Sister Genevieve Kordick, BVM (Basilian), died Sept. 9, 2014, at Marian Hall in Dubuque, Iowa. Visitation will be from 9–11 a.m. on Monday, Sept. 15, 2014, in the Marian Hall Chapel followed by a prayer service at 11 a.m. Funeral liturgy will be at 1:30 p.m. Burial is in the Mount Carmel cemetery.
She was born in Greenfield, Iowa, on Jan. 29, 1921, to Joseph and Kathleen (Anstey) Kordick. She entered the BVM congregation Sept. 8, 1938, from Visitation Parish in Des Moines Iowa. She professed first vows on March 19, 1941, and final vows on Aug. 15, 1946.
Sister Genevieve was a preschool and elementary school teacher in Chicago and Rock Island, Ill.; Clinton, Cedar Rapids, Cedar Falls and Des Moines, Iowa. She was a director for the Highland Park Senior Center and activities director for elderly, Willis Adult Care, Des Moines.
She was preceded in death by her parents; brothers Paul, Aloysius, George and Lloyd; and sisters Monica Lisck and Kathleen Harms. She is survived by nieces, nephews and the Sisters of Charity, BVM, with whom she shared life for 76 years.
Sister Genevieve Kordick, BVM (Basilian)
Marian Hall, Sept. 15, 2014
Good afternoon and welcome to the celebration of life of our Sister Genevieve Kordick.
Genevieve Kordick was born on Jan. 29, 1921, in Greenfield, Iowa, the youngest of seven children born to Joseph Kordick and Kathleen Anstey. She joined siblings Monica, Paul, Aloysius, George, Lloyd and Kathleen. Her father emigrated from Austria with his family when he was three years old. Her parents met and fell in love one day when her mother walked into her father’s music store. One interesting note: her mother’s Uncle Frank helped Gen’s father start his music business and unknowingly played the role of Cupid.
After attending a Sisters of Mercy grade school, Gen entered St. Joseph Academy in Des Moines, Iowa, where she met the BVMs. She commented, “My mother went to school at Immaculate Conception Academy in Davenport . . . She prayed me into the BVMs, her favorite sisters. Blandina Spaulding, BVM, taught her music and Blanche Fosselman, BVM, art.” Gen entered the congregation on Sept. 8, 1938, and received the name Basilian upon her reception on March 19, 1939. She professed first vows on March 19, 1941, and lived 76 years as a BVM.
Gen spent 34 years teaching kindergarten through fourth grade, with her first mission teaching second grade at St. Tarcissus in Chicago. She recalled, “I was totally unprepared . . . I must have been pitiful. One of the little boys told the music teacher ‘that new Sister doesn’t know anything.’” But Gen persevered to teach in Illinois at St. Thomas of Canterbury, Holy Cross and Blessed Sacrament in Chicago, and Sacred Heart and St. Joseph in Rock Island. In Iowa, she taught at Our Lady of the Angels in Clinton, St. Patrick in Cedar Rapids and Cedar Falls, and Visitation and St. Joseph Academy in Des Moines. Her favorite mission was Our Lady of Angels. “I loved the little three- and four-year-olds, the ‘minims.’ On Saturday night I would curl their hair and pick out a special dress for Sunday. Once in a while I would ‘borrow’ one of the better-off girl’s dresses for a poorer child.” One sister recalled that Gen would spend the evening recreation time inspecting the daily milk money in search of valuable coins and made money selling them to a coin dealer.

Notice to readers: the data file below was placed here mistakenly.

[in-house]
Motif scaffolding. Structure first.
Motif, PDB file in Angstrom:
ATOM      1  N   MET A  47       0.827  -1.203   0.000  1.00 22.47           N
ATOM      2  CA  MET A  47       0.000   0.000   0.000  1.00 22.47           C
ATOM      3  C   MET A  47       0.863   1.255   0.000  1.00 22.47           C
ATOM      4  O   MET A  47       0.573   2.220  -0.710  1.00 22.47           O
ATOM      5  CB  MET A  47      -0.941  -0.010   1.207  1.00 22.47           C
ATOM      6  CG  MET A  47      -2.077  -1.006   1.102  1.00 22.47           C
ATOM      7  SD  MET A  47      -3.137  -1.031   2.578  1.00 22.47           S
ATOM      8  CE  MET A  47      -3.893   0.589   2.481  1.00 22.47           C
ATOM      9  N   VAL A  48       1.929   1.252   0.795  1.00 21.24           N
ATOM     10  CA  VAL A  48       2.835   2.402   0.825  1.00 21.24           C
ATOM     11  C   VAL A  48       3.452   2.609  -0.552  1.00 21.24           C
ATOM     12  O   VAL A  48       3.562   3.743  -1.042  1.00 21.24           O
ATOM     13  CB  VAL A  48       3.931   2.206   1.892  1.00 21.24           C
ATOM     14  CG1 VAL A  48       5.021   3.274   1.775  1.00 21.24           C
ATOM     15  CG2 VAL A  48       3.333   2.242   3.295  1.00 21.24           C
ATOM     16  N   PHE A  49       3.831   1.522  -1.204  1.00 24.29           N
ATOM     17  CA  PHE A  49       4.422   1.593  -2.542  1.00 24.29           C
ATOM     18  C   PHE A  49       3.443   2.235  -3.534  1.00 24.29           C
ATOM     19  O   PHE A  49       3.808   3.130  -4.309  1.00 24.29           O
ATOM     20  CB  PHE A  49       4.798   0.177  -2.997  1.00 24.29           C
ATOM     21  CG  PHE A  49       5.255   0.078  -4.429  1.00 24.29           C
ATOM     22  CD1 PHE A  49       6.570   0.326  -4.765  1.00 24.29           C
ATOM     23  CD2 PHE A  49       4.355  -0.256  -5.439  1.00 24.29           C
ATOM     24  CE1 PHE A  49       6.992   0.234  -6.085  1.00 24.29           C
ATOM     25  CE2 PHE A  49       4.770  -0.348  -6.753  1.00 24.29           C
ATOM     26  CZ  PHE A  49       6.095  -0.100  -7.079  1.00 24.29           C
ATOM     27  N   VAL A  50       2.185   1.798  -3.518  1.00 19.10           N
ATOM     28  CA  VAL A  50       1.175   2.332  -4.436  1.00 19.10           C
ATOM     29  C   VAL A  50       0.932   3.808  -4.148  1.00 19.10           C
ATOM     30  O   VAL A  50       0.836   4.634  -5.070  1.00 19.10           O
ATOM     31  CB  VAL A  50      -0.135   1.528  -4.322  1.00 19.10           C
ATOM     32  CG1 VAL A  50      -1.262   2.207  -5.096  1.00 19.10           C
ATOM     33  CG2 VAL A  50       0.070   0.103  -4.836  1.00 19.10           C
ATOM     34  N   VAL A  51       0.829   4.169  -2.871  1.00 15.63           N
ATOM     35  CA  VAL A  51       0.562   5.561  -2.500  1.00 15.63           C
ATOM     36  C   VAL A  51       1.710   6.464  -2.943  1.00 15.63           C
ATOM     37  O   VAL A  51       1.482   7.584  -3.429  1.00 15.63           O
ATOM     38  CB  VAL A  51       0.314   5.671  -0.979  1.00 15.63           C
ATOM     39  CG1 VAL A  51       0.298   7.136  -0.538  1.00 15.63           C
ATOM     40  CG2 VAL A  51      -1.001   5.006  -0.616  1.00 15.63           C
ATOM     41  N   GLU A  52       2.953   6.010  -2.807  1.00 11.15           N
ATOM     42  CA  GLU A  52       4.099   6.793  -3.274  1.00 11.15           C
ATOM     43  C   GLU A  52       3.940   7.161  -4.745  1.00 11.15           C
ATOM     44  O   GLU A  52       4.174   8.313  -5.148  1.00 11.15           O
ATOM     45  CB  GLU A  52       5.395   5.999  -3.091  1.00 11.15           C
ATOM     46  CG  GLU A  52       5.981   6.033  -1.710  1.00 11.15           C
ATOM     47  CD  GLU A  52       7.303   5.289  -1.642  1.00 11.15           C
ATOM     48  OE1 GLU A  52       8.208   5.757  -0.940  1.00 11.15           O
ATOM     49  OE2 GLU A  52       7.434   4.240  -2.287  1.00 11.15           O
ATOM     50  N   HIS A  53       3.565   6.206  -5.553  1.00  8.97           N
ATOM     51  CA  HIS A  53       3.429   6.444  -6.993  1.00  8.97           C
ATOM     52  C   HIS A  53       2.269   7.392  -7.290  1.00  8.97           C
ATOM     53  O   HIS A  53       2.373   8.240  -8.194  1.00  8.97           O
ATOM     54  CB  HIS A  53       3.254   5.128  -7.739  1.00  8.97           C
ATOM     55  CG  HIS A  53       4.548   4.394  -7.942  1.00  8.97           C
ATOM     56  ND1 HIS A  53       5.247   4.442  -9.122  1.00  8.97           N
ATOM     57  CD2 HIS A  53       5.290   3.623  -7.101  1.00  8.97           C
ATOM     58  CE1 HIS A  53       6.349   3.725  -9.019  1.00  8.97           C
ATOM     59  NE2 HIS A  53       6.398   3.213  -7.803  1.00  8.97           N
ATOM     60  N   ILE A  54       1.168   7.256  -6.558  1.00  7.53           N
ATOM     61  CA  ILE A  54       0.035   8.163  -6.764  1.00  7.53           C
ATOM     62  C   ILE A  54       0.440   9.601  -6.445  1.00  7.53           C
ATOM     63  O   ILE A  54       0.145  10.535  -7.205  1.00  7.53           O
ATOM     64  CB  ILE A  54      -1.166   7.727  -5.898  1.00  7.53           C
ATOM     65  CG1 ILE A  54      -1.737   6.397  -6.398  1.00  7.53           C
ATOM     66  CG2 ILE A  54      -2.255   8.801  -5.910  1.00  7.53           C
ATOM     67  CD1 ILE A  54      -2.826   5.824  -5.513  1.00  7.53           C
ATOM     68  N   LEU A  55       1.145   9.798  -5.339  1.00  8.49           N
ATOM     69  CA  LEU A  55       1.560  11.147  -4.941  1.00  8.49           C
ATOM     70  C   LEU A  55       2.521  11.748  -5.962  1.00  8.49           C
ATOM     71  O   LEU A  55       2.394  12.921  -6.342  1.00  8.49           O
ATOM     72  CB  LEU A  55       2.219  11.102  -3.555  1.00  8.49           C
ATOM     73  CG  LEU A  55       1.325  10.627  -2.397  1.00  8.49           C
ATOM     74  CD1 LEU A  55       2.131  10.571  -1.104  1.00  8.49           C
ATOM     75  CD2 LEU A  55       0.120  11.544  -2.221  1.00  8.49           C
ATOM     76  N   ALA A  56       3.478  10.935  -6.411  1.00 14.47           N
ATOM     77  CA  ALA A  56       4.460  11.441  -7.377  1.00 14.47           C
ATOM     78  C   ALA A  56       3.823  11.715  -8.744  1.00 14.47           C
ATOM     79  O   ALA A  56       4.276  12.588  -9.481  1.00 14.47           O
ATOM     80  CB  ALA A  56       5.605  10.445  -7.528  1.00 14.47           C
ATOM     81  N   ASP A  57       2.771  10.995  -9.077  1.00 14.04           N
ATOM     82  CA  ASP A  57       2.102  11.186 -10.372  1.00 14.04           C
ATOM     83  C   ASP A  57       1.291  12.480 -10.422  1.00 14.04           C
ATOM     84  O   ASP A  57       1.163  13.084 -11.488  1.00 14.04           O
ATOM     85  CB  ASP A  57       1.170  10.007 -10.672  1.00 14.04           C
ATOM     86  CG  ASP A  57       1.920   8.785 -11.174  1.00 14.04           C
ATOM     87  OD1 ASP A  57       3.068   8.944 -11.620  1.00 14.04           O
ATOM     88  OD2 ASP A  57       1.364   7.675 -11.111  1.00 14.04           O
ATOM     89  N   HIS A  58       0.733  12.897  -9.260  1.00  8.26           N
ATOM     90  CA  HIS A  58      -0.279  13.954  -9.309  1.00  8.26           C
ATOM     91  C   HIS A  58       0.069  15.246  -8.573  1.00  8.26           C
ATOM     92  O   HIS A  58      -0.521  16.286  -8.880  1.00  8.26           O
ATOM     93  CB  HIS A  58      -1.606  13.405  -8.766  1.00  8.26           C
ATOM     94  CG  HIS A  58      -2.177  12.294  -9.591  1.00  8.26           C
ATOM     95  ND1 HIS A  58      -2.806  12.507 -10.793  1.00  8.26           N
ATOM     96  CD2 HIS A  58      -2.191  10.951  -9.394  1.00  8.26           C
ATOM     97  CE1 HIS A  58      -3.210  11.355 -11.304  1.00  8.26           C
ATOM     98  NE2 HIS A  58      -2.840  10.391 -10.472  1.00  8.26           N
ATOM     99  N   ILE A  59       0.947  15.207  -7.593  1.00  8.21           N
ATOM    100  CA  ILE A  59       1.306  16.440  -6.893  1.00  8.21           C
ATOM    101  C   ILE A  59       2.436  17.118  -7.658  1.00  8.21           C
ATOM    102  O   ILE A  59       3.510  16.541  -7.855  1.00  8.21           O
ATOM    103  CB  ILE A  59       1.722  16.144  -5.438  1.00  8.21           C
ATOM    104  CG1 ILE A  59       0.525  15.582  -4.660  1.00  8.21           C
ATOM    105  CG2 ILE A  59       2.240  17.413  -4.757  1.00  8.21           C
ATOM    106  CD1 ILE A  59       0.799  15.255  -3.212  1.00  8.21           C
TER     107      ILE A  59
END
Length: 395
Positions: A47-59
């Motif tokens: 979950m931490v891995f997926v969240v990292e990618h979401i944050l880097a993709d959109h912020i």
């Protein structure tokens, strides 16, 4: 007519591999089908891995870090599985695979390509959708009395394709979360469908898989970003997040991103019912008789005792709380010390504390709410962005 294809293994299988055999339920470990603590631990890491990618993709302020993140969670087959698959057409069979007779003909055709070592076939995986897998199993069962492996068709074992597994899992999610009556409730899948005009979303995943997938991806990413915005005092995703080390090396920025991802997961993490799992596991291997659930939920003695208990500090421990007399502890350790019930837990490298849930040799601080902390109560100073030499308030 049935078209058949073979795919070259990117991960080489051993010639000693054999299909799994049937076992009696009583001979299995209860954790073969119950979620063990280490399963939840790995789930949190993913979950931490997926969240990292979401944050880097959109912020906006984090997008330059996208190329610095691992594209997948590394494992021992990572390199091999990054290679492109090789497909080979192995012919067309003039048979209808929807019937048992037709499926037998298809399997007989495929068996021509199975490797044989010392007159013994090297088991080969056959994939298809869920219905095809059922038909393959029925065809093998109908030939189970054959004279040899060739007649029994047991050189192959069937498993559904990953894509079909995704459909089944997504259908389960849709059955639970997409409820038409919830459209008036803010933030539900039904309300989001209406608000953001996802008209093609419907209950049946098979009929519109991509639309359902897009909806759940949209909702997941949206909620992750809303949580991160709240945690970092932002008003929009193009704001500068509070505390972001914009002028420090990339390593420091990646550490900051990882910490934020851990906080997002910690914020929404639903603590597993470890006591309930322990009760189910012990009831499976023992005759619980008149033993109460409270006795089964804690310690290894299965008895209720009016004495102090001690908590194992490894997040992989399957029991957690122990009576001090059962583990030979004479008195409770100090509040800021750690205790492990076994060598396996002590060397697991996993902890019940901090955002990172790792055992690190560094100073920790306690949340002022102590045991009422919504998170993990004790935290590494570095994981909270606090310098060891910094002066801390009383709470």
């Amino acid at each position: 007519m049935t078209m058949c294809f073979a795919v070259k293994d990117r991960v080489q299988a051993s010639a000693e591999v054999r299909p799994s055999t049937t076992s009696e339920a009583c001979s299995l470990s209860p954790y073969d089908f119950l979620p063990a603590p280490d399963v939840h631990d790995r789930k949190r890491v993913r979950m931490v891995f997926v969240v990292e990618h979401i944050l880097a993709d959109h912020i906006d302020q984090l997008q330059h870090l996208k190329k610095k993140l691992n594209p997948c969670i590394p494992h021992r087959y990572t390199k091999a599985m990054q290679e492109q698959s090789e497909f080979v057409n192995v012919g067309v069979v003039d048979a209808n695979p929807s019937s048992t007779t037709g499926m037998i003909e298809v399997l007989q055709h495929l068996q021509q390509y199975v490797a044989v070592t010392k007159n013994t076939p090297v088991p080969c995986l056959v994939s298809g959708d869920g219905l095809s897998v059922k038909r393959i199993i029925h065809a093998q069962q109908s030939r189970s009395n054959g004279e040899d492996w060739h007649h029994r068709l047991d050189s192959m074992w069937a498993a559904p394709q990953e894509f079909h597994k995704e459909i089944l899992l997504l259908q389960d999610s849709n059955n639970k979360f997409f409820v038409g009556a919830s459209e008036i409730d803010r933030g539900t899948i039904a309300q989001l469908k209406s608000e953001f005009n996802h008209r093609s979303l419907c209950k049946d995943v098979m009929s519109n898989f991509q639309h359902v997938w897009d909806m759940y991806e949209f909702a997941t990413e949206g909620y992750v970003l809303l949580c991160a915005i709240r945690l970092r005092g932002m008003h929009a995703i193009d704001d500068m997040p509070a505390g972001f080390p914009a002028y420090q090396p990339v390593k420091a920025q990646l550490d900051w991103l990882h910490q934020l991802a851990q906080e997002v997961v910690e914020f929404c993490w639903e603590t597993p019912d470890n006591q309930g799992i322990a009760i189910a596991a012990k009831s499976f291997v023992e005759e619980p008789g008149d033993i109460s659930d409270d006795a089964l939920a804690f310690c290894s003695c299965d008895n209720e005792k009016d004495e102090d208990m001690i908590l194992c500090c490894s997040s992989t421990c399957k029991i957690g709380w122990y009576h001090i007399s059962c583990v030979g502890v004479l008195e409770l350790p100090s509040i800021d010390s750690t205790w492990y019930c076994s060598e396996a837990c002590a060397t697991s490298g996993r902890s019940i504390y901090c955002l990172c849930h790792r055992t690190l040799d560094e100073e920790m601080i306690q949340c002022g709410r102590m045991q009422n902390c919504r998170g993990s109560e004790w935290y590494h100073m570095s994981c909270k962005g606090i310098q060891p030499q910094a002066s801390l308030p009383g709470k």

One of Gen’s former students, Peter Teahen, became a licensed funeral director and mental health professional before founding the International Mass Fatalities Center. He dedicated his book Mass Fatalities: Managing the Community Response in part to “My first grade teacher, Sister Mary Basilian, a spunky woman committed to a lifetime of teaching, who introduced me to the power of the spoken word. I am often reminded of the tongue twisters she used to help me overcome my severe speech impediment in first grade. I thank her . . . as I stand in front of a television camera or a filled auditorium, lecturing about disasters and the care of victims and their families, and workers and their families.”
For Gen, years in elementary classrooms evolved into work with the elderly in Des Moines. She provided home care before serving as the director of Highland Park Senior Center and the activities director at the Willis Adult Care Center. She brought advocacy, companionship, laughter and Jesus, releasing her senior friends from bonds of loneliness, poverty and sadness. She greatly enjoyed her 21 years ministering to the elderly because, in her words, “They have so much to share from their experiences.” After retiring in 1997, she volunteered at Mercy Medical Center until she moved to Mount Carmel in 2003.
Along the way, Gen found time to express her own creativity, winning blue ribbons for her pottery and offering pottery classes at the senior centers. Her creativity here at Mount Carmel manifested itself in flourishing flowers and plants outside in “Nan’s Garden” and on her window sills. Her other favorite past times were fishing and making rosaries, including one rosary made from heart-shaped seeds called Job’s Tears, that she grew and dried herself; this rosary was one of Gen’s most cherished possessions. She also treasured a crucifix given to her by her eighth grade teacher and a Sacred Heart medal that she bought with 65 cents given to her by her mother. She never took the medal off, not even when it got caught in a paper shredder!
St. Paul wrote, “May your love increase ever more and more in knowledge and every kind of perception, to discern what is of value . . .” Gen was steadfast and loyal in her relationships because she valued people. She loved her family and was grateful to her community for all their care. She was a dedicated, selfless person with an enormous concern for those who struggled, and she responded with a generous spirit and a great love. Gen, may you rest peacefully in the loving arms of Jesus.